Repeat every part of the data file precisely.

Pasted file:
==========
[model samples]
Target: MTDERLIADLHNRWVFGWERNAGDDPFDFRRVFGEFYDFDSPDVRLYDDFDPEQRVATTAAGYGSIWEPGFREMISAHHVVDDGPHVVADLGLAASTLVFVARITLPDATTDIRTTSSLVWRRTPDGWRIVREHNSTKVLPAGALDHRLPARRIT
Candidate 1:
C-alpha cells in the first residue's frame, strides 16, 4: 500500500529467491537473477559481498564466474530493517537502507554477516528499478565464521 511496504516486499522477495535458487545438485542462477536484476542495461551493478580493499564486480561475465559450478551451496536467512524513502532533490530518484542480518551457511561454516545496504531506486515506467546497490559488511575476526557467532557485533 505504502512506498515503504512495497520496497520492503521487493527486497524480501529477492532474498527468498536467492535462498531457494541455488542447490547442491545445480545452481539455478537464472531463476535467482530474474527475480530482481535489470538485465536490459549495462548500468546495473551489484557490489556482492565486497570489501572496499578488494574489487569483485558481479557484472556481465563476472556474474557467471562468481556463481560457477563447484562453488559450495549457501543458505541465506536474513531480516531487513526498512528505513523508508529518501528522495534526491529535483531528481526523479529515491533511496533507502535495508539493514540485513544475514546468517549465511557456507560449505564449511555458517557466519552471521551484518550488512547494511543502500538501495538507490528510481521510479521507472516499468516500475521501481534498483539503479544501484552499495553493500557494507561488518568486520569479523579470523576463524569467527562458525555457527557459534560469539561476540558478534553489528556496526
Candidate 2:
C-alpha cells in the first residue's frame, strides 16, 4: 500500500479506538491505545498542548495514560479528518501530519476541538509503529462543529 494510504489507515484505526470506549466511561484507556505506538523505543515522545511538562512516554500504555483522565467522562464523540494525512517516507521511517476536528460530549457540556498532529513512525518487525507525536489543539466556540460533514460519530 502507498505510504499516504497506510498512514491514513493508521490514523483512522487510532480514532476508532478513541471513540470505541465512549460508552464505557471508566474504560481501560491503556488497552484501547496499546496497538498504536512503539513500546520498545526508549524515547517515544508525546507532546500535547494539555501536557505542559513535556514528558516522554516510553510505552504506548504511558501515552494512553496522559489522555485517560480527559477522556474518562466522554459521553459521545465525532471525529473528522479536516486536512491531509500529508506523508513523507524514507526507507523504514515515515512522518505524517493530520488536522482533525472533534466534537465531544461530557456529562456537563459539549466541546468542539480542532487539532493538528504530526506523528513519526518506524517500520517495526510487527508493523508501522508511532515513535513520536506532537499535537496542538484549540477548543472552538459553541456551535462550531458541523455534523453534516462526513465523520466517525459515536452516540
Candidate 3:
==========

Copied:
[model samples]
Target: MTDERLIADLHNRWVFGWERNAGDDPFDFRRVFGEFYDFDSPDVRLYDDFDPEQRVATTAAGYGSIWEPGFREMISAHHVVDDGPHVVADLGLAASTLVFVARITLPDATTDIRTTSSLVWRRTPDGWRIVREHNSTKVLPAGALDHRLPARRIT
Candidate 1:
C-alpha cells in the first residue's frame, strides 16, 4: 500500500529467491537473477559481498564466474530493517537502507554477516528499478565464521 511496504516486499522477495535458487545438485542462477536484476542495461551493478580493499564486480561475465559450478551451496536467512524513502532533490530518484542480518551457511561454516545496504531506486515506467546497490559488511575476526557467532557485533 505504502512506498515503504512495497520496497520492503521487493527486497524480501529477492532474498527468498536467492535462498531457494541455488542447490547442491545445480545452481539455478537464472531463476535467482530474474527475480530482481535489470538485465536490459549495462548500468546495473551489484557490489556482492565486497570489501572496499578488494574489487569483485558481479557484472556481465563476472556474474557467471562468481556463481560457477563447484562453488559450495549457501543458505541465506536474513531480516531487513526498512528505513523508508529518501528522495534526491529535483531528481526523479529515491533511496533507502535495508539493514540485513544475514546468517549465511557456507560449505564449511555458517557466519552471521551484518550488512547494511543502500538501495538507490528510481521510479521507472516499468516500475521501481534498483539503479544501484552499495553493500557494507561488518568486520569479523579470523576463524569467527562458525555457527557459534560469539561476540558478534553489528556496526
Candidate 2:
C-alpha cells in the first residue's frame, strides 16, 4: 500500500479506538491505545498542548495514560479528518501530519476541538509503529462543529 494510504489507515484505526470506549466511561484507556505506538523505543515522545511538562512516554500504555483522565467522562464523540494525512517516507521511517476536528460530549457540556498532529513512525518487525507525536489543539466556540460533514460519530 502507498505510504499516504497506510498512514491514513493508521490514523483512522487510532480514532476508532478513541471513540470505541465512549460508552464505557471508566474504560481501560491503556488497552484501547496499546496497538498504536512503539513500546520498545526508549524515547517515544508525546507532546500535547494539555501536557505542559513535556514528558516522554516510553510505552504506548504511558501515552494512553496522559489522555485517560480527559477522556474518562466522554459521553459521545465525532471525529473528522479536516486536512491531509500529508506523508513523507524514507526507507523504514515515515512522518505524517493530520488536522482533525472533534466534537465531544461530557456529562456537563459539549466541546468542539480542532487539532493538528504530526506523528513519526518506524517500520517495526510487527508493523508501522508511532515513535513520536506532537499535537496542538484549540477548543472552538459553541456551535462550531458541523455534523453534516462526513465523520466517525459515536452516540
Candidate 3: